Marco Pierre White

The Devil Next to Me

A day and night with Marco Pierre White

“Do you want to know what’s sexy to me now?” demands Marco Pierre White.

It’s a rhetorical question. No one says no to the original bad-boy superchef, whose new memoir, The Devil in the Kitchen: Sex, Pain, Madness and the Making of a Great Chef, portrays him getting in fistfights in his own restaurant dining room, throwing food deemed unacceptable against his restaurant’s walls, shagging women in the ladies’ loo, and generally carrying on in outrageous fashion. The book also contains inklings of his sixth sense about food, and his convictions that ingredients don’t need overwrought preparation and that nature is always the star.

What is sexy to him now? “Developing a concept,” he says. Each word is emphasized. He’s both handsome and haggard, completely imposing and all charm. We’re having lunch at the W Hotel in Seattle. Ethan Stowell, chef-owner of Union, which will host a posh $125-per-person dinner in Marco’s honor later tonight, has joined us, saying he’s nervous about meeting one of his culinary idols. The staff of the restaurant is scared witless, given only the most offhand directives by Marco (“A nice bottle of dry white wine, a very nice bottle”). We’ve got food but no flatware; it seems unlikely that Marco would fly into one of his trademark rages in someone else’s establishment, yet the possibility lurks, slightly terrifying.

Marco Pierre White prepares “the house cocktail” for Erik Witsoe, a bartender at Seattle’s Tavolata.

He lets it slip that he’s just come from Las Vegas, where he is opening a branch of his Frankie’s pizzeria/family restaurant chain. He loves Las Vegas, he says. With Frankie’s, he’s not selling food: “I’m selling fun.” He doesn’t own restaurants anymore; he “has interests.” He discusses replicating the Frankie’s concept in Shanghai, in Dubai; he speaks of profit margins and many deals involving many millions of pounds sterling, helpfully converting figures into USD.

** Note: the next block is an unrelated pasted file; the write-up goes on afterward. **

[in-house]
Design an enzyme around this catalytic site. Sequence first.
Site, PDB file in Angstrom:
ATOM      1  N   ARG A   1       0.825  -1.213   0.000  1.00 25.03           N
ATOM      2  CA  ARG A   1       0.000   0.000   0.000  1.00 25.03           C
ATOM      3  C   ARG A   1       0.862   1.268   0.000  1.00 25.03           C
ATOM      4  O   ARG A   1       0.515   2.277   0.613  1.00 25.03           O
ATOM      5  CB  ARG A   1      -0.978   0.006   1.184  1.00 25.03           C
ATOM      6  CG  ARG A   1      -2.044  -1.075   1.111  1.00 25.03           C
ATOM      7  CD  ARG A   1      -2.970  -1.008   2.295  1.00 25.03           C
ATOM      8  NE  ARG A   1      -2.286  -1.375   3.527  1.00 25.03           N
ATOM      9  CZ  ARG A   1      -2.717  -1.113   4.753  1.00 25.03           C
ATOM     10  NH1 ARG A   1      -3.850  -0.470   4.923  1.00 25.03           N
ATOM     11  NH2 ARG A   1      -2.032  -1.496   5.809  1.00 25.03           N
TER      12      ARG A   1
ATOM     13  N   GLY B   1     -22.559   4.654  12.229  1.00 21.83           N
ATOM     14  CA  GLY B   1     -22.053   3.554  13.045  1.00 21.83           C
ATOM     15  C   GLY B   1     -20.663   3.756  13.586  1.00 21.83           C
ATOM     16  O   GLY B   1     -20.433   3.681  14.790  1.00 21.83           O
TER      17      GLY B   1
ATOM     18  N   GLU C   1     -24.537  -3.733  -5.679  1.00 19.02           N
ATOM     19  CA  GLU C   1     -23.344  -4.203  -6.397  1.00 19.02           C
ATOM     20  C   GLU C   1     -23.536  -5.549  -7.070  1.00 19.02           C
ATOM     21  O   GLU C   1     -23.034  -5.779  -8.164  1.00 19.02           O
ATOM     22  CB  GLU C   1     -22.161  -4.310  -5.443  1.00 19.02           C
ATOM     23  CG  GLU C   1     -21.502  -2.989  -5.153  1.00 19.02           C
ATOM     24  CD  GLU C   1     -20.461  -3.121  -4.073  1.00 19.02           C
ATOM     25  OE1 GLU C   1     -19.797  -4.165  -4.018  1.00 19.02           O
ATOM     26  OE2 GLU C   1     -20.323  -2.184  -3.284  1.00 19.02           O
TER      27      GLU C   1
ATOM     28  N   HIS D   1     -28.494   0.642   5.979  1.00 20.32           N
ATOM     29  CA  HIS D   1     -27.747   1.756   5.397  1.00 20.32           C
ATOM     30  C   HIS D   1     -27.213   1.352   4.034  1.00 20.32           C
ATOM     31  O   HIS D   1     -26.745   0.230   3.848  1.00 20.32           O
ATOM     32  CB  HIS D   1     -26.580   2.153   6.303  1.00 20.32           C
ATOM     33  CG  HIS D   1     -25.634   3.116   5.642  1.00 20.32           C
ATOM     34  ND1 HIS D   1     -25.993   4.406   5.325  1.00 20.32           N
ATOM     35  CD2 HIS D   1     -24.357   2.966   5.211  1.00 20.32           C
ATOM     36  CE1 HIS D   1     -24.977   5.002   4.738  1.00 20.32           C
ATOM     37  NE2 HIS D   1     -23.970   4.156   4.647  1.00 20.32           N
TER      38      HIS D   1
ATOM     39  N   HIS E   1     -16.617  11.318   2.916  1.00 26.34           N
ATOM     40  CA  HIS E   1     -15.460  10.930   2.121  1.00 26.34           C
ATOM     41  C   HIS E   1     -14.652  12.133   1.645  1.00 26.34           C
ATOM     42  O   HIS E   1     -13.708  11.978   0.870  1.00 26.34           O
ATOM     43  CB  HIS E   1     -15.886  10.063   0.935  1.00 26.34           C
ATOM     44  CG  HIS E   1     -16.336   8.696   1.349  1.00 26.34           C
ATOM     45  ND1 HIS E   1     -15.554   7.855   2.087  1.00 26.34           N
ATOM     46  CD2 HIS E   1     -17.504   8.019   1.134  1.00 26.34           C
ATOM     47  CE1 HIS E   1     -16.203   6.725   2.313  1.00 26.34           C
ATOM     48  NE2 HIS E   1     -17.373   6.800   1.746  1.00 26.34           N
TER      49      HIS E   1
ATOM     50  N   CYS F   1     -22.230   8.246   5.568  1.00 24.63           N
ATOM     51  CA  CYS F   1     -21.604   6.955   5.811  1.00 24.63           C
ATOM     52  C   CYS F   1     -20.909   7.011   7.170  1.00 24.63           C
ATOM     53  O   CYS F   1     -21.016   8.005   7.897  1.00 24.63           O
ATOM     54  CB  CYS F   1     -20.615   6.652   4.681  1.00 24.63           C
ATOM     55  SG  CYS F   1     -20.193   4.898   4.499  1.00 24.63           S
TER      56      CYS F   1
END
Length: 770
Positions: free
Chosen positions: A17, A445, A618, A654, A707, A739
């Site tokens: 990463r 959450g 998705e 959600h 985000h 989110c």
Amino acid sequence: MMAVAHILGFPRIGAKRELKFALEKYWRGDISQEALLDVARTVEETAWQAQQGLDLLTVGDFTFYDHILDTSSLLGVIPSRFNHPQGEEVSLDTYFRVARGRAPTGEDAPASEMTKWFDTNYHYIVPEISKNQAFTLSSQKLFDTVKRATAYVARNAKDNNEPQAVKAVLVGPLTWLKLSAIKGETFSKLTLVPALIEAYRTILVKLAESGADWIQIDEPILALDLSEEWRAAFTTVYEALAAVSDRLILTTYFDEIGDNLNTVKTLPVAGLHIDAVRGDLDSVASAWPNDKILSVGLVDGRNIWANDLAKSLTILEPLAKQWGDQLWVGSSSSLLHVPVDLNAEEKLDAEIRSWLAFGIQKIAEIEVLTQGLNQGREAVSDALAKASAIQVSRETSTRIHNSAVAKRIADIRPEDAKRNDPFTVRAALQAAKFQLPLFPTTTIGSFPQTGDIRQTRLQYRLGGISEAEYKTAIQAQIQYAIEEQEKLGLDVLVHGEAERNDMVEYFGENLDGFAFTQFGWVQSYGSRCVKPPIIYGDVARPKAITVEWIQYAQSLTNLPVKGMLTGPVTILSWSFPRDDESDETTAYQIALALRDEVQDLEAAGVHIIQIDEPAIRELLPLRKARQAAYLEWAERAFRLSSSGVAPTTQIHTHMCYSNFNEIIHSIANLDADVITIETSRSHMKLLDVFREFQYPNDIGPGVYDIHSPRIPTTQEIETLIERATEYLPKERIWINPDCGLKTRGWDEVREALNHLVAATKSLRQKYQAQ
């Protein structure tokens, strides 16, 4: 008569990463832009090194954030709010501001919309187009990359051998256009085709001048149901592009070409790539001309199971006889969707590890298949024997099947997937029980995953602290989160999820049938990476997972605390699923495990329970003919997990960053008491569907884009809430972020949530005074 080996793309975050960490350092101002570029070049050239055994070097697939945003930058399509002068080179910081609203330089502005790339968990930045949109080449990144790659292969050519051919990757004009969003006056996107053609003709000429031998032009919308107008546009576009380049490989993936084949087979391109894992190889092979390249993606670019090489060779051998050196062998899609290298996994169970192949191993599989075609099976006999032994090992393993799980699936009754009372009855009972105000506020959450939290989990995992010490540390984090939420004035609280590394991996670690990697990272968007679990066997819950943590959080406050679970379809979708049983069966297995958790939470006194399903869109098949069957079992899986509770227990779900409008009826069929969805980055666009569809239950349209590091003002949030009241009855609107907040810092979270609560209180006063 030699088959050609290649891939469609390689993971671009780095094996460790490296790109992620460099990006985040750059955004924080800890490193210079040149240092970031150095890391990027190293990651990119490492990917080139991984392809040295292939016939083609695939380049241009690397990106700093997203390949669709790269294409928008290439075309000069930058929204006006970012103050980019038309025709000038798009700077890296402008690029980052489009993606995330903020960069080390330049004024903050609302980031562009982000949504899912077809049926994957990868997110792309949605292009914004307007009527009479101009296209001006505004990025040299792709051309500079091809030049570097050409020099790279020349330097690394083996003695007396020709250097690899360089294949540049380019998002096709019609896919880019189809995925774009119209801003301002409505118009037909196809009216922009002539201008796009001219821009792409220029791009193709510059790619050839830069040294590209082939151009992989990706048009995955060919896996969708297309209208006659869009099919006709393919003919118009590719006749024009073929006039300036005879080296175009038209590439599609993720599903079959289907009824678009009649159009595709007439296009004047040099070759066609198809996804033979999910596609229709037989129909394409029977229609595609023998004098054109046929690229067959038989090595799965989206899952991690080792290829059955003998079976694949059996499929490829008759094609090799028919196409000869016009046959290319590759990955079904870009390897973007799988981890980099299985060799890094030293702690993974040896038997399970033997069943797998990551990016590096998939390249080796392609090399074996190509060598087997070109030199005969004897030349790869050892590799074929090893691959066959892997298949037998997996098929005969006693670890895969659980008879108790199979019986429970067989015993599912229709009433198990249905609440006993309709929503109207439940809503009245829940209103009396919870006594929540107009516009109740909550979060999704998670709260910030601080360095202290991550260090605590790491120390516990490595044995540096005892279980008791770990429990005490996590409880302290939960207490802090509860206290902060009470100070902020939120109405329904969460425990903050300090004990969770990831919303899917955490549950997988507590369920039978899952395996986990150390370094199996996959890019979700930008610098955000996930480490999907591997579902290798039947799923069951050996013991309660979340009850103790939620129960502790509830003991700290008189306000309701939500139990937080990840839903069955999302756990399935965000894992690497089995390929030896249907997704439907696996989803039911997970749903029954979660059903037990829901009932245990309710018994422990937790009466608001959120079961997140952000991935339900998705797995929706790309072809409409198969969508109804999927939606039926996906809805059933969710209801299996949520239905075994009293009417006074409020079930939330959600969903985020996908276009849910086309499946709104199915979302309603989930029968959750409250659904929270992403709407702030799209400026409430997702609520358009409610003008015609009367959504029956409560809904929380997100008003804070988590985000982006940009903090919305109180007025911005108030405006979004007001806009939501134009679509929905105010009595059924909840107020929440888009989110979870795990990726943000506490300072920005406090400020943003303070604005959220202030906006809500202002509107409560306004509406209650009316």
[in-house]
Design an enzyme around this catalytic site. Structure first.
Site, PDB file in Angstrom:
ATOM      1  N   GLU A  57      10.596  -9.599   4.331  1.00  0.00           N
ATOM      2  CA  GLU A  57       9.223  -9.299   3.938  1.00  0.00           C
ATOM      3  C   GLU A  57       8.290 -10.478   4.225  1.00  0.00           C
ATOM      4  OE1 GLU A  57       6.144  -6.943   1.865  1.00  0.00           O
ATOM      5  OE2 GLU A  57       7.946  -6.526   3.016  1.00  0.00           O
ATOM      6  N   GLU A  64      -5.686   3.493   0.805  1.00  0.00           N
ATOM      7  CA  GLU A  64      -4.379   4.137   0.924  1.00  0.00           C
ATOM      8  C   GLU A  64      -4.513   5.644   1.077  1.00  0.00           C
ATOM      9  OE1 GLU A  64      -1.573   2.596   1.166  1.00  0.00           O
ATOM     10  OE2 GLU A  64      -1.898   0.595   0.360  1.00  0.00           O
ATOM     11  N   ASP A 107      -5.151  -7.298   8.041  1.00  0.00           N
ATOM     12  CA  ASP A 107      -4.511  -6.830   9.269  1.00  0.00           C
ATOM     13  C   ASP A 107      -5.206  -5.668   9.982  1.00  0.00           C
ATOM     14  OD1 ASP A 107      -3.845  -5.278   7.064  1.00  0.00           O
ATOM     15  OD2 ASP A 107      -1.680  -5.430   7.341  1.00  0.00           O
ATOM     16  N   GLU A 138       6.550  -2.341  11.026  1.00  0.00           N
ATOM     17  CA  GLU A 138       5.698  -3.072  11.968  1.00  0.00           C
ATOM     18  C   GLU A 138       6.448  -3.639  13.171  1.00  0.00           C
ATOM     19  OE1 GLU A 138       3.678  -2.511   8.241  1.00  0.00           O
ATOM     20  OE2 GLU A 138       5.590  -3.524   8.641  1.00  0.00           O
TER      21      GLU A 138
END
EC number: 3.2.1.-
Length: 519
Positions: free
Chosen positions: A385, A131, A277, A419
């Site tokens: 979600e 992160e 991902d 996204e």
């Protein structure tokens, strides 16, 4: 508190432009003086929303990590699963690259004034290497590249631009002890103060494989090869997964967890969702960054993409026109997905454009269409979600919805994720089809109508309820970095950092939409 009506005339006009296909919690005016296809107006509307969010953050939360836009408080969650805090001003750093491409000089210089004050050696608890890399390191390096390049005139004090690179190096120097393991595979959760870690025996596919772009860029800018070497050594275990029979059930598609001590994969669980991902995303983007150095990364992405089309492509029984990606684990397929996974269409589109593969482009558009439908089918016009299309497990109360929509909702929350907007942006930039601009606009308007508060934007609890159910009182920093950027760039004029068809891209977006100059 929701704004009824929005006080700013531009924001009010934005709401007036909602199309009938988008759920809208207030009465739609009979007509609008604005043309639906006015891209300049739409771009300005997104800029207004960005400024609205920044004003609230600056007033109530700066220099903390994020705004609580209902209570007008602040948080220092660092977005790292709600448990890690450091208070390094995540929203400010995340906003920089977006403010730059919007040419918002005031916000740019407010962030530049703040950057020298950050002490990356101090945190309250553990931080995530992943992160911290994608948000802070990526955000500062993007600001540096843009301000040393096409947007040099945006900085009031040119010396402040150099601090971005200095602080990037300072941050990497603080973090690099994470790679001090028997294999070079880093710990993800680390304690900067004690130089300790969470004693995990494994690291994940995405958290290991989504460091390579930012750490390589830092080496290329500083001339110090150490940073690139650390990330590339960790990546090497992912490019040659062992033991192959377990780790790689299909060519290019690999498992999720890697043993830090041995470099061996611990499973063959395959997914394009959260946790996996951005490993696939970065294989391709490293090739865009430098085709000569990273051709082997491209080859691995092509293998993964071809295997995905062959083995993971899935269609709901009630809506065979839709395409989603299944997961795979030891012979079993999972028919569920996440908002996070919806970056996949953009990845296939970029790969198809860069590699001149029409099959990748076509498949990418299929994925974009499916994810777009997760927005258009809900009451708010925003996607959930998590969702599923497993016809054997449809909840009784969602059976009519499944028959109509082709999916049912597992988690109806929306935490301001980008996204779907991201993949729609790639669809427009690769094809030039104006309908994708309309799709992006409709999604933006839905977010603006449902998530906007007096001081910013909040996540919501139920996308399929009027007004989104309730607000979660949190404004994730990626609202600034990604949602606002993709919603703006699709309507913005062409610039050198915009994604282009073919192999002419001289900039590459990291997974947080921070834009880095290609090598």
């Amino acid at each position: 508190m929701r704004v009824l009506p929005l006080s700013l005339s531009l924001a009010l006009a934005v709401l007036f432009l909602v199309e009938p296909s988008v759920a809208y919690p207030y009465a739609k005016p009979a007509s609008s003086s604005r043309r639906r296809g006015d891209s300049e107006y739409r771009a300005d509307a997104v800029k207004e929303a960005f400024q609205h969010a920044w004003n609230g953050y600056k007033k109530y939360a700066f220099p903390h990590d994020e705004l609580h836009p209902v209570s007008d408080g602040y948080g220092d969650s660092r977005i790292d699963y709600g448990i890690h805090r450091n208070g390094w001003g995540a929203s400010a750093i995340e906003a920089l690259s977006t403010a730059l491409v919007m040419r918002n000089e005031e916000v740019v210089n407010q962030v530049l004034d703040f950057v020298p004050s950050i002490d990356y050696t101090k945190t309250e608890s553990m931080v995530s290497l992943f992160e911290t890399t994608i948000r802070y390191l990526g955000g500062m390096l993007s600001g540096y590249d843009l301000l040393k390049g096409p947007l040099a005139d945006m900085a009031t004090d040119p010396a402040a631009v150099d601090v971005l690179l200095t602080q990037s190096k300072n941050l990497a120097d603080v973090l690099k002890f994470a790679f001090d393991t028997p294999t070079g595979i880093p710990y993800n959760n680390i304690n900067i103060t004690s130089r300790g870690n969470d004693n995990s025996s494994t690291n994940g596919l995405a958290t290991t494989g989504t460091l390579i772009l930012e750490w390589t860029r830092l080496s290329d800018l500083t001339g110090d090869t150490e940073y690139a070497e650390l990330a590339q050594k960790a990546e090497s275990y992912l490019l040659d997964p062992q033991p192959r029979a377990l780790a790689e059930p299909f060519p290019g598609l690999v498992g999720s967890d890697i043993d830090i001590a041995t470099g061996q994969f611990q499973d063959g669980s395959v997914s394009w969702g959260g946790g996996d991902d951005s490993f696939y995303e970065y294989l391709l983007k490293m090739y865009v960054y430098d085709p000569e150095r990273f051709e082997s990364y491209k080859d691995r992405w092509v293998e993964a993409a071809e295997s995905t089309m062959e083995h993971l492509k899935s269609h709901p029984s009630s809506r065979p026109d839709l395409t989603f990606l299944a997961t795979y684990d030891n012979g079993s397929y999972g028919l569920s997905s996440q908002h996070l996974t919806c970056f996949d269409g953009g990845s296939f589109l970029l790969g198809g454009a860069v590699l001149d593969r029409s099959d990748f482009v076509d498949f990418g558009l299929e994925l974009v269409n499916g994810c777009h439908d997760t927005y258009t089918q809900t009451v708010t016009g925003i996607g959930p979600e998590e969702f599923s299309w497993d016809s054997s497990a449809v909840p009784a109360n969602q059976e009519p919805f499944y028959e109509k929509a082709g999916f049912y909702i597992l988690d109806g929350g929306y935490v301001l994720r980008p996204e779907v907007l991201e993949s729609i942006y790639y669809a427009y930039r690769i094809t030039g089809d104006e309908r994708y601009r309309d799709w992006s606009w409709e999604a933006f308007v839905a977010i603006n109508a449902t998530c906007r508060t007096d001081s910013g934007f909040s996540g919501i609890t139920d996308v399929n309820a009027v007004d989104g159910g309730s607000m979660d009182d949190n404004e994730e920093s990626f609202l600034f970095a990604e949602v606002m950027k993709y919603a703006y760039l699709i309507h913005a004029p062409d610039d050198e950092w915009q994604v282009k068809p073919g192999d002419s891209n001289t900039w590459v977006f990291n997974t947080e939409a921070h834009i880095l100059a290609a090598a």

Marco’s displeased with his deconstructed niçoise salad—its hard-cooked egg rolled in black sesame seeds, its seared ahi. Niçoise should have canned tuna, he says; “I don’t like my food fucked with.” But he thanks the server at every turn. He’s impressed when Ethan and I are game for another bottle of wine. He calls Ethan “Chef.” He initiates a little male bonding about what men will do for a pulchritudinous (female) posterior. It’s absurd, occasionally offensive, entertaining, exhausting.

The sambuca is set afire, then extinguished with a bare hand.

A few hours later, as dinner begins at Union, the PR people want to trot Marco out to meet diners and sign books, but he declares he doesn’t wish to interrupt their meals. He wears a dark blazer, yellow suspenders, minutely polka-dotted cuff links on a shirt of splendid white fabric. We discuss local asparagus. He eats exactly none of Ethan’s multicourse tribute in food (including local asparagus).

A lot of wine is consumed; many forays to the sidewalk are made for “fags.” Panhandled by downtown passersby, he gives out a couple of $50 bills. “MERRY CHRISTMAS!” says an incredulous, confused crackhead. “Get something to eat,” replies Marco magnanimously.

The chefs—the ones at work in Union’s kitchen and the ones in attendance at the dinner—are visibly awe-struck. “I’m head over heels to meet that guy,” one of them (male) says. Marco discusses football, hunting, Frankie’s, his love for his lawyers in the midst of his ongoing divorce. A local editor arises from the table to depart, and her ample bosom instantly becomes the object of Marco’s attention. “I love a well-hung blouse,” he says, leaping up to put his arm around her and hustle her out the front door, past Union’s enormous windows, and out of sight.

Does anyone ever say no to Marco Pierre White?

Marco keeps mentioning “the house cocktail” (which house goes unspecified). It involves a champagne flute full of sambuca set afire, extinguished by clamping one’s hand over the glass; then the entire contents are gulped down, followed by the inhalation of sambuca fumes through a straw. “Mario [Batali, one presumes] says it’s like drinking liquid heroin!” he proclaims more than once. Dinner’s over, a crowd of admirers is circled around, supplies materialize, the PR people look stricken, and Marco demonstrates as cameras flash. I sit to his right; it takes very little goading for me to follow suit. It’s exhilarating, disgusting, idiotic. During the sucking-of-the-fumes part, Marco leans in, his face inches from mine, shouting, “SUCK HARDER! YOU’RE NOT SUCKING HARD ENOUGH!”

I awake the next morning lying in a wet spot in my bed, monumentally hung over. The wetness is from a leaky ice pack I went to sleep clutching; my hand has a perfect circle the circumference of a champagne flute burned into it, and blisters at the tender base of my thumb. A couple of days later, Page Six reports that while enjoying the house cocktail at the Spotted Pig with Mario Batali, Anthony Bourdain, and others, Marco set himself on fire and sustained a stab wound to the hand, glasses were broken, mayhem ensued. He refused to go to the hospital.

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